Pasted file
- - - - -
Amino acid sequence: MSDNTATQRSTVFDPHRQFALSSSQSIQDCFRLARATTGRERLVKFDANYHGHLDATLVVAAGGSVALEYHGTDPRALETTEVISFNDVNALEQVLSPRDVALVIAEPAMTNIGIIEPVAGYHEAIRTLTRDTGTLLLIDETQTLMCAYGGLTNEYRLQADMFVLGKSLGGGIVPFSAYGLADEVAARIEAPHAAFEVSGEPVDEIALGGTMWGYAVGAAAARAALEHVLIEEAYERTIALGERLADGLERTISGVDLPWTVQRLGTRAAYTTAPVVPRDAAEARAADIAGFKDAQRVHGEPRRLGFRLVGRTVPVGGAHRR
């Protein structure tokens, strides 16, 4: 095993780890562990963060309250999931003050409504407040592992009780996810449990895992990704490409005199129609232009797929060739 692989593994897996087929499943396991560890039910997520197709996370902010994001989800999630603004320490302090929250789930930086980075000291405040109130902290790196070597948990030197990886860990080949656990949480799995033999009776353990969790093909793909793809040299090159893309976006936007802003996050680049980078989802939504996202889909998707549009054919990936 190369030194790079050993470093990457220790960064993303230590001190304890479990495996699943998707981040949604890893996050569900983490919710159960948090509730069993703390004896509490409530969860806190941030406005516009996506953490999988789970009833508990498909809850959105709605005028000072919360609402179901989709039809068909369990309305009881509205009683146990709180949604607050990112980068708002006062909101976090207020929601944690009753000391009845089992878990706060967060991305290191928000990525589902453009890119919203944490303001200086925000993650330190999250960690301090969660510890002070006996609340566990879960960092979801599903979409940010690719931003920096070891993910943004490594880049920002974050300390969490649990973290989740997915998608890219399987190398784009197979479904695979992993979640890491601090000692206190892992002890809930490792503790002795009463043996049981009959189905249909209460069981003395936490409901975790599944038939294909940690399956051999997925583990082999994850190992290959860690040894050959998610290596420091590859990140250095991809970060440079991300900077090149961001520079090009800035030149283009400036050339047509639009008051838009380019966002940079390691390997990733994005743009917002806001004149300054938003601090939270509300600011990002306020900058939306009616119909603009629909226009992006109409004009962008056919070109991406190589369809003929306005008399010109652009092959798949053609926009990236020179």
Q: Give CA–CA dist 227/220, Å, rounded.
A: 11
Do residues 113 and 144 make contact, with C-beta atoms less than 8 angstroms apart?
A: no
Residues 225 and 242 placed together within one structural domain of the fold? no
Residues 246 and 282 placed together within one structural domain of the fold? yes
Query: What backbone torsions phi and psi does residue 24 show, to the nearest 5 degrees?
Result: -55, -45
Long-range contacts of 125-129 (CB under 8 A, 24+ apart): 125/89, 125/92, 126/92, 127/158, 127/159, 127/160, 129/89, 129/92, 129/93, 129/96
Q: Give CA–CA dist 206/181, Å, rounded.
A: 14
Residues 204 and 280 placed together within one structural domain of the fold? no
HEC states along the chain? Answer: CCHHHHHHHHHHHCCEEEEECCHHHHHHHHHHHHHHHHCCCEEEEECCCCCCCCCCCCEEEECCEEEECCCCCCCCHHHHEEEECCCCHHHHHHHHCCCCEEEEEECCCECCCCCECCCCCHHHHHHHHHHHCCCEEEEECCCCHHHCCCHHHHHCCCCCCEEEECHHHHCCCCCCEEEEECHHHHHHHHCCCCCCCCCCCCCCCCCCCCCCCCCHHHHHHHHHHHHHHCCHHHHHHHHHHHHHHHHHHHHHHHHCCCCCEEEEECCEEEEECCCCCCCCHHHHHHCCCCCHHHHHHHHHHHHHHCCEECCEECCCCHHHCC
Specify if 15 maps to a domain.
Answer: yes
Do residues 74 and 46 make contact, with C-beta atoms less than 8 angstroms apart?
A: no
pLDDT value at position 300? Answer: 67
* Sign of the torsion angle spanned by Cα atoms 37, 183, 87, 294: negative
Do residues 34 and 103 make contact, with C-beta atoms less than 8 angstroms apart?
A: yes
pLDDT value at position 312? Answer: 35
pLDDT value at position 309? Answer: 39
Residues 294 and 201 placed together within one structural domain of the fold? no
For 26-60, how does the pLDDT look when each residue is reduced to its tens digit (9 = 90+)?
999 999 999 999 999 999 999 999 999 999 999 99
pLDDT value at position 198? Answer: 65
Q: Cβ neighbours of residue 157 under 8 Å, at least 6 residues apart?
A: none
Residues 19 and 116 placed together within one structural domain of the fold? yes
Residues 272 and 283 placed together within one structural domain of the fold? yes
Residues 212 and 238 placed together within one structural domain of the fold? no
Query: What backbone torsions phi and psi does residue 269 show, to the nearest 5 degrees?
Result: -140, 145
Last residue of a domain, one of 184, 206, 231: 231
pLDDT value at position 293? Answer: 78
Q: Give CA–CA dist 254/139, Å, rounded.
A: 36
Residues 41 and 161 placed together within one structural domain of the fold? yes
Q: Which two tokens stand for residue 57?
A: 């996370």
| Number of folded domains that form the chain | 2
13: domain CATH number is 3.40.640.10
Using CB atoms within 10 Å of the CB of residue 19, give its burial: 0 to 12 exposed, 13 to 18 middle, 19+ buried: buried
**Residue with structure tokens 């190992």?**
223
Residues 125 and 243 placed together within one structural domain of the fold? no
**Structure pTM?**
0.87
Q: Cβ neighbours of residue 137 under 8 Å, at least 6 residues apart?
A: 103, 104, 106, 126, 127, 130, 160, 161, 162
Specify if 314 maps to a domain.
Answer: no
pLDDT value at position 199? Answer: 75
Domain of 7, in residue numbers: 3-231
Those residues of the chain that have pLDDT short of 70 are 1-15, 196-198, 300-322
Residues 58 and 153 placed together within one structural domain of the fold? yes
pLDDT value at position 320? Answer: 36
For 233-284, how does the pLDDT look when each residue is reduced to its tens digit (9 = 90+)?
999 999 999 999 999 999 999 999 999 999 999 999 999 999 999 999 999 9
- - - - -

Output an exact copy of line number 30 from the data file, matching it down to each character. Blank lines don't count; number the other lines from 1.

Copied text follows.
Q: Cβ neighbours of residue 157 under 8 Å, at least 6 residues apart?